Raw input is pretty pointless for keyboard input, but it's useful for mouse input in that you'll get the maximum resolution that is possible for your device. You don't get pointer ballistics applied, which means it would feel wierd if you tried to use raw input for cursor movement, but for FPS games and such, it makes sense.

Personally, my choice for handling input on windows is:
  • WM_KEYDOWN/WM_KEYUP for keyboard movement,
  • WM_CHAR for character input (for UI stuff),
  • WM_MOUSEMOVE/WM_LBUTTONDOWN/etc for UI work (i.e. when you're controlling a cursor),
  • WM_INPUT (aka raw input) for handling camera movement in an FPS-style game and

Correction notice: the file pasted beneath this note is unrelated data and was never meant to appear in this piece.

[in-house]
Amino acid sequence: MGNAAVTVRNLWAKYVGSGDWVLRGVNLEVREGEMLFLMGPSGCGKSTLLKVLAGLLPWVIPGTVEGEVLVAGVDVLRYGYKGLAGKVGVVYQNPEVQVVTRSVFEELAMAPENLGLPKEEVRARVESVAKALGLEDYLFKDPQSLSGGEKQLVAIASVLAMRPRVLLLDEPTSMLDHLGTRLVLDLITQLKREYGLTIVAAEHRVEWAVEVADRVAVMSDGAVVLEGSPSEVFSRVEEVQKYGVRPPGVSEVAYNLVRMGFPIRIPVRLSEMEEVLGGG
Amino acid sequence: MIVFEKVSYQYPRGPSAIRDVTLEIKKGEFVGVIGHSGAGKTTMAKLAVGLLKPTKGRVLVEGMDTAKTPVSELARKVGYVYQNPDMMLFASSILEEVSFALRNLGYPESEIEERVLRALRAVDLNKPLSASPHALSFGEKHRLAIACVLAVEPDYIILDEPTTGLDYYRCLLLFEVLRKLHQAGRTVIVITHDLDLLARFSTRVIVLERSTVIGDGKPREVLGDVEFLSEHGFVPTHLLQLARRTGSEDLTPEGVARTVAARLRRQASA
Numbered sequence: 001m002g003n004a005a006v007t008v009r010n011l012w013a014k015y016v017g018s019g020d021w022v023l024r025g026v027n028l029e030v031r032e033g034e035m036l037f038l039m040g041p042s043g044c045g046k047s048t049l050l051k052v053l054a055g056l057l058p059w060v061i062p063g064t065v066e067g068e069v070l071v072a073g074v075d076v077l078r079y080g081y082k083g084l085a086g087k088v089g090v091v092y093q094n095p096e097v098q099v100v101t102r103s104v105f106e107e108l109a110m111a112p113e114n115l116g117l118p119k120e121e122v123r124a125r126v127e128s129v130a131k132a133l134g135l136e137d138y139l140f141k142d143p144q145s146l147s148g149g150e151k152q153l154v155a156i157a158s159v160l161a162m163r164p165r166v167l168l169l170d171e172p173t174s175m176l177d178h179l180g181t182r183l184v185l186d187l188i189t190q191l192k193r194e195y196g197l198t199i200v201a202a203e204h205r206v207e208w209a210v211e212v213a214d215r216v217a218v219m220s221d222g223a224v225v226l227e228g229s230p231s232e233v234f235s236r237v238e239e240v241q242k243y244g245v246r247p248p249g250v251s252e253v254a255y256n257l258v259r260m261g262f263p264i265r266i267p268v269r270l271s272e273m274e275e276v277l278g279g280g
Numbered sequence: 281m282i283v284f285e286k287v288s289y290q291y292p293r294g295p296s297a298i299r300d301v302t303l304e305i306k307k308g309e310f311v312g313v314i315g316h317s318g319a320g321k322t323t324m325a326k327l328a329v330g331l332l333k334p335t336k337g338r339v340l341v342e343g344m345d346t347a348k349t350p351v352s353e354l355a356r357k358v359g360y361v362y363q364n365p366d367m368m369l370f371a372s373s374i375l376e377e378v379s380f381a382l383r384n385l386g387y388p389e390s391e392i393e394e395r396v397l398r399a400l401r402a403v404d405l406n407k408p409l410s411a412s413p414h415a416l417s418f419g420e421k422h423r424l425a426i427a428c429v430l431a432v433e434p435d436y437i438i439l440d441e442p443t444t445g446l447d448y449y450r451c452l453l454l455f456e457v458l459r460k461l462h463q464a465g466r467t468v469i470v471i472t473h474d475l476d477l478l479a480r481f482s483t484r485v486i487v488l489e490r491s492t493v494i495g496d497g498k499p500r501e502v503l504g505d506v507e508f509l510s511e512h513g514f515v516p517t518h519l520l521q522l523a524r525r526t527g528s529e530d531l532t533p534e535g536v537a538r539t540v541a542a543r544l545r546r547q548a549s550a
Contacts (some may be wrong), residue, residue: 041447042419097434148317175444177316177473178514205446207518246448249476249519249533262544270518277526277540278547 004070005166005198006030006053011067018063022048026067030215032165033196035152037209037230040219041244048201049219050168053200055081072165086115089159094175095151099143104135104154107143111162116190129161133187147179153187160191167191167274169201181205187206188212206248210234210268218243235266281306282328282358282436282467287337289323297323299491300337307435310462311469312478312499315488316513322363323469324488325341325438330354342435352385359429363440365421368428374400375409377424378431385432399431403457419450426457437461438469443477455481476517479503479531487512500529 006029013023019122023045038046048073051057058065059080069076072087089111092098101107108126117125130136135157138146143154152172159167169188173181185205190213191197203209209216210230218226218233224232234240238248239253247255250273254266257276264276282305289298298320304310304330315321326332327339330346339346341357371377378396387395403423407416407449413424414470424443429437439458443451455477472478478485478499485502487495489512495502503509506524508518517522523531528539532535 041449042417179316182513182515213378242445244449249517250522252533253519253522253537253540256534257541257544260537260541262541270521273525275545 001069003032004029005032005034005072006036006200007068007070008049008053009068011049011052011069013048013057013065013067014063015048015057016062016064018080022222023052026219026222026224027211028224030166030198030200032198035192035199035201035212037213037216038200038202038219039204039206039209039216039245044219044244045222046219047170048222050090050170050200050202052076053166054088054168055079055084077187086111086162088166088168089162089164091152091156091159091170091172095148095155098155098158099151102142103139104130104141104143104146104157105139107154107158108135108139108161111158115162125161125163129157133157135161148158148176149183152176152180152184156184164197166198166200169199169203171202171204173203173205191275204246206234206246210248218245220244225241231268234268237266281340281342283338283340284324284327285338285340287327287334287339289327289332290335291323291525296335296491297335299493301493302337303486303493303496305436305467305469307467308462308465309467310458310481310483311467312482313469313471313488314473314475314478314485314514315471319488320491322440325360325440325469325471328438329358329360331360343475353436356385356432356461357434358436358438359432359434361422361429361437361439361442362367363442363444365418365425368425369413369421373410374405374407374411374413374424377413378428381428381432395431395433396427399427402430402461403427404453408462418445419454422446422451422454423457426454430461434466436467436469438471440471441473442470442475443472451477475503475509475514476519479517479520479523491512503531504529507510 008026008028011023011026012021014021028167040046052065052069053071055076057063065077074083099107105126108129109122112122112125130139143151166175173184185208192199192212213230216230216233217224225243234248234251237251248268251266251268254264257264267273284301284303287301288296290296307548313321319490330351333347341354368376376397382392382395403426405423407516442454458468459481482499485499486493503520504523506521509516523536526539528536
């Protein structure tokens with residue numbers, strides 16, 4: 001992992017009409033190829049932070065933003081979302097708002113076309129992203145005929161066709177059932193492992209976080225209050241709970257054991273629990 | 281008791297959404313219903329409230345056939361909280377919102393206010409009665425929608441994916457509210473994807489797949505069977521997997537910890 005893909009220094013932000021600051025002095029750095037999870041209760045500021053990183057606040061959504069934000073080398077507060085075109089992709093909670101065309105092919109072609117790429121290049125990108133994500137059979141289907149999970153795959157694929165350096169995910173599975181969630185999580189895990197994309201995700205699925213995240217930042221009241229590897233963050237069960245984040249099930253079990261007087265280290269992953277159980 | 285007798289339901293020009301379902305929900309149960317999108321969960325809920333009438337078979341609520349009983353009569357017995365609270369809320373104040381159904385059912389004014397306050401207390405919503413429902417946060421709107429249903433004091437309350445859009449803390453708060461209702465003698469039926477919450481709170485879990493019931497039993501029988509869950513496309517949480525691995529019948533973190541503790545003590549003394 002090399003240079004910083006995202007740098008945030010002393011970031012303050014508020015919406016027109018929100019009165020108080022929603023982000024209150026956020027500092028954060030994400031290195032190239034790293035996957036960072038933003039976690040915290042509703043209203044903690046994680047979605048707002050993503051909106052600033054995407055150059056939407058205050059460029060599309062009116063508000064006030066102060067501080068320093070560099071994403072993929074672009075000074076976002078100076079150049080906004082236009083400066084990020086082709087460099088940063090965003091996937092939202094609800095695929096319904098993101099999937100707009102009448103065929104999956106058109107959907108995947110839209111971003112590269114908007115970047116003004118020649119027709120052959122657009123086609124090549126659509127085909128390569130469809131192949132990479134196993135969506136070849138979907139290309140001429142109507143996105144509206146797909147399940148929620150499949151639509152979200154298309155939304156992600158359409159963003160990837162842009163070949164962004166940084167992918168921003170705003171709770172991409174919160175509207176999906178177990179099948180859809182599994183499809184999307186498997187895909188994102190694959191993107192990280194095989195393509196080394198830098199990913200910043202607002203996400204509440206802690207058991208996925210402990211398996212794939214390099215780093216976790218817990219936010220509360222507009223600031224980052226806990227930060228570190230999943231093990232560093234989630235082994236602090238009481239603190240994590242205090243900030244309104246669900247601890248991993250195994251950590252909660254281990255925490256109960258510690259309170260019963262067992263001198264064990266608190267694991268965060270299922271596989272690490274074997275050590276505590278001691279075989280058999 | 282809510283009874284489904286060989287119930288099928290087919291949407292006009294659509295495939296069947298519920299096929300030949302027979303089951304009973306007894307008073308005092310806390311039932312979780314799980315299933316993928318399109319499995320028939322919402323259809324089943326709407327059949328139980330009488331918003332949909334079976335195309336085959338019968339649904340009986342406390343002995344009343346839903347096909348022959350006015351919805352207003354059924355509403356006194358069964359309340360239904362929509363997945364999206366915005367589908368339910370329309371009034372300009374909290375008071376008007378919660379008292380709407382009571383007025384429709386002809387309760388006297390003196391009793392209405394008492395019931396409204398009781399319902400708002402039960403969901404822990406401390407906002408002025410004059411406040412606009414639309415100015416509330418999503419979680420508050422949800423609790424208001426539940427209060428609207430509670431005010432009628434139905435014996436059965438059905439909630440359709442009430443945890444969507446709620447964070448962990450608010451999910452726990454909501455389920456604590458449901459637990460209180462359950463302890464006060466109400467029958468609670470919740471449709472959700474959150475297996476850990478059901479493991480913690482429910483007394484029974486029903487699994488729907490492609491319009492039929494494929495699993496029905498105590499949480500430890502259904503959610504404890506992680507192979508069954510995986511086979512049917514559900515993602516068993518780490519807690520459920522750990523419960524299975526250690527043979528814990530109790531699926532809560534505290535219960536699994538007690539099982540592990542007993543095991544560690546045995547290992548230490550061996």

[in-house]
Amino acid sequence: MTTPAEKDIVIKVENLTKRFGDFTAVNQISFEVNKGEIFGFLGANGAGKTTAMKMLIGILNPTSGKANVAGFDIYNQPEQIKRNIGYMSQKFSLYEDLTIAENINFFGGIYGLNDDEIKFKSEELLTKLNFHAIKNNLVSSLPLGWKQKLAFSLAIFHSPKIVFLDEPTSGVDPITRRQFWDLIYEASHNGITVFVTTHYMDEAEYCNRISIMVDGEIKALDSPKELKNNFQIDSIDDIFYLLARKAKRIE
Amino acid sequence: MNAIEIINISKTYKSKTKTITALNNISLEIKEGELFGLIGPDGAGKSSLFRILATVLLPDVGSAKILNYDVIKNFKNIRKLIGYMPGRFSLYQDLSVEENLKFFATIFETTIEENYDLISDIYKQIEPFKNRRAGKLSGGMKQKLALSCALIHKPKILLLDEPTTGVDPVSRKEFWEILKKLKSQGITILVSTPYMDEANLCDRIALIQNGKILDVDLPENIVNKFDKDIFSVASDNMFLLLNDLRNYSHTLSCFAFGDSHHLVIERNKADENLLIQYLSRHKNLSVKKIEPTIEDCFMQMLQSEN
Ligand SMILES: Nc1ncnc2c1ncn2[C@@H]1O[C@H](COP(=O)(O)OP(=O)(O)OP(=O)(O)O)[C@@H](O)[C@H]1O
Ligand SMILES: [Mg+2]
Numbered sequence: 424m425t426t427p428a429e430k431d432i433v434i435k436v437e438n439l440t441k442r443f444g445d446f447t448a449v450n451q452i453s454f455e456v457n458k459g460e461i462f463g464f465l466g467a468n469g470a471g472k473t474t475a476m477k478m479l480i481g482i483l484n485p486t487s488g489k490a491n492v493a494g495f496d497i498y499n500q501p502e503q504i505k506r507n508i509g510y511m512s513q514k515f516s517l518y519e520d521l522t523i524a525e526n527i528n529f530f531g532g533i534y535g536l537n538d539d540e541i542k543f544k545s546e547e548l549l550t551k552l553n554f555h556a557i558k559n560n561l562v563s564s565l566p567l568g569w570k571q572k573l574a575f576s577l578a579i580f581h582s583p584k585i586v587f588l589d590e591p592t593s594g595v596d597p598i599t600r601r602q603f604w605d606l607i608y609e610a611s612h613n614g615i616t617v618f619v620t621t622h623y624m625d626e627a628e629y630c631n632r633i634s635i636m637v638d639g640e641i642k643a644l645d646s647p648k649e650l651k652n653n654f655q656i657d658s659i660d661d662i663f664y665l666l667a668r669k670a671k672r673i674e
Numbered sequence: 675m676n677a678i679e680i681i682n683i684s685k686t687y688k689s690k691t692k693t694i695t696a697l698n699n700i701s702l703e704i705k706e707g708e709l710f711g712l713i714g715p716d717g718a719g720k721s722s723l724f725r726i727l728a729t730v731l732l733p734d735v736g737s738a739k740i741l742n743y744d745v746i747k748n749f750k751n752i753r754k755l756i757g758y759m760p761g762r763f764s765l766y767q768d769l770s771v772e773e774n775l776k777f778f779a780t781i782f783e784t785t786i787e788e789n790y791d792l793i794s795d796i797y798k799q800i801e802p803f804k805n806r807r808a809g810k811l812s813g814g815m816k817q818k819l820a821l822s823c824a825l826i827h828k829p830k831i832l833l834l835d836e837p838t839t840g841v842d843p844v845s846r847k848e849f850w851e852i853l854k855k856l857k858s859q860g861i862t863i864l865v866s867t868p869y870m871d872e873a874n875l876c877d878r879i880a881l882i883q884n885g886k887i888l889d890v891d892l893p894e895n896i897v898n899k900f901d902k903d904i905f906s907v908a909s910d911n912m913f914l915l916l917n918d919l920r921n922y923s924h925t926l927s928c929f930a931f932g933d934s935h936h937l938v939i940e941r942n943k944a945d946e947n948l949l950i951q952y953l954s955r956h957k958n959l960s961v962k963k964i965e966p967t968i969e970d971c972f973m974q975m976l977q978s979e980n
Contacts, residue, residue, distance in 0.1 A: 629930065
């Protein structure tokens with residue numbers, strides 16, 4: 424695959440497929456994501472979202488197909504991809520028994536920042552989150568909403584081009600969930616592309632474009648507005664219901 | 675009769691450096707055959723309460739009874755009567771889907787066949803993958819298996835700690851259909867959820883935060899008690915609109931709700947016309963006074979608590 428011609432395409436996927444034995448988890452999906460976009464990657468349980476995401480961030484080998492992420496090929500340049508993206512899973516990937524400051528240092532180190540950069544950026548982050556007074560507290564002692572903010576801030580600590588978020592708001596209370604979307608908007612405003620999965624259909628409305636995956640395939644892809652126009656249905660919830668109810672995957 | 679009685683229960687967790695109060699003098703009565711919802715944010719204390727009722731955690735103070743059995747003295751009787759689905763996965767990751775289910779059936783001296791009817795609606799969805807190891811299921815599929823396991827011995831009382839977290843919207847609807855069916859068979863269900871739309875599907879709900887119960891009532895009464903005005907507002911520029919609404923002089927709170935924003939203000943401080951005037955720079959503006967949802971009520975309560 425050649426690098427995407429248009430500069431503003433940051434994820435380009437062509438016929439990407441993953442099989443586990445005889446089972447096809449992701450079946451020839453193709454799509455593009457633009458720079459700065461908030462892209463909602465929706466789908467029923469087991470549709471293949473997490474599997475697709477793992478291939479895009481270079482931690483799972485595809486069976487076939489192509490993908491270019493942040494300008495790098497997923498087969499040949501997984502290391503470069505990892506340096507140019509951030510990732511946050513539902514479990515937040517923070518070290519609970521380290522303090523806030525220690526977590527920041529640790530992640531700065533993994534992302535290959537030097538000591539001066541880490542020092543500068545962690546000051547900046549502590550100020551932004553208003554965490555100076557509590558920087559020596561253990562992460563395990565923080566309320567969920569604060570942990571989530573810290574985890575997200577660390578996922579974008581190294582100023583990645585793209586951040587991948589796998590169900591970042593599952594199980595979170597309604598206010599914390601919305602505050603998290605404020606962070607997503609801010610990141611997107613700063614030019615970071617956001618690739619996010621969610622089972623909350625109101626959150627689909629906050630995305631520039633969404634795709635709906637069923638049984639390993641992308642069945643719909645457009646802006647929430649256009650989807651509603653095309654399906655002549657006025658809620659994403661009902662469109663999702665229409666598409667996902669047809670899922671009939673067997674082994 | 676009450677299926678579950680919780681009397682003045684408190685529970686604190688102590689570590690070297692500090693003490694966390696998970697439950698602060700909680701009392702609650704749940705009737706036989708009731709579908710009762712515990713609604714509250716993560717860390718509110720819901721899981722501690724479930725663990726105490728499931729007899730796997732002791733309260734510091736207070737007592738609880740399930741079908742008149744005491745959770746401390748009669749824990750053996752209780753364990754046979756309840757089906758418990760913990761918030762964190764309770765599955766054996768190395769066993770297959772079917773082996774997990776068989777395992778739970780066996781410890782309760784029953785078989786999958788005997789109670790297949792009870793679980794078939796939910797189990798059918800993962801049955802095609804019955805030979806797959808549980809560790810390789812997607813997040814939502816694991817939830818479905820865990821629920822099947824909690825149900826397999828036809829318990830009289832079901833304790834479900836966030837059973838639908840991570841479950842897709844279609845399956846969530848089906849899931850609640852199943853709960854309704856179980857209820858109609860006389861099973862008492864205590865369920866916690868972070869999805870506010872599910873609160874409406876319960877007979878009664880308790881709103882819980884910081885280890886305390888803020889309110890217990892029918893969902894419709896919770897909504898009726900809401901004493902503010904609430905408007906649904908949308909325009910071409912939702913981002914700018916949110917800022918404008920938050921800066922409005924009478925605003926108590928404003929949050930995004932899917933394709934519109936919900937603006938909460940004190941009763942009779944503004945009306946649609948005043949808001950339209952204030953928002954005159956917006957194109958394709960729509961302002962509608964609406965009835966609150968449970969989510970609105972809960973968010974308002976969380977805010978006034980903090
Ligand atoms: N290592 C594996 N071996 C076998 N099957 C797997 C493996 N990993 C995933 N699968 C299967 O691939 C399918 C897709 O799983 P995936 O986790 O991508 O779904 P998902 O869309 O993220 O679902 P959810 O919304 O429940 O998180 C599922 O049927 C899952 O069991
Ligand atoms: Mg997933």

• XInput for working with Xbox controllers (though I've never actually implemented this)
I've never bothered with a third-party library to abstract any of that, since it's pretty simple to implement it all yourself (and once it's done, I can use it again in all my subsequent projects). I guess if I ever wanted to port my game to another platform, I might consider using a library to handle it then...

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Have you ever looked into using OIS?

I've used it on Windows before and it worked good.

Heres what I recently made for input in a simple game with DirectX.

input.h

#pragma once

#define DIRECTINPUT_VERSION 0x0800

#include <dinput.h>

class Input
{

protected:

LPDIRECTINPUT8 m_pDI; // DirectInput object
LPDIRECTINPUTDEVICE8 m_pKeyboard; // DirectInput keyboard device

BYTE m_diks[256]; // Key buffer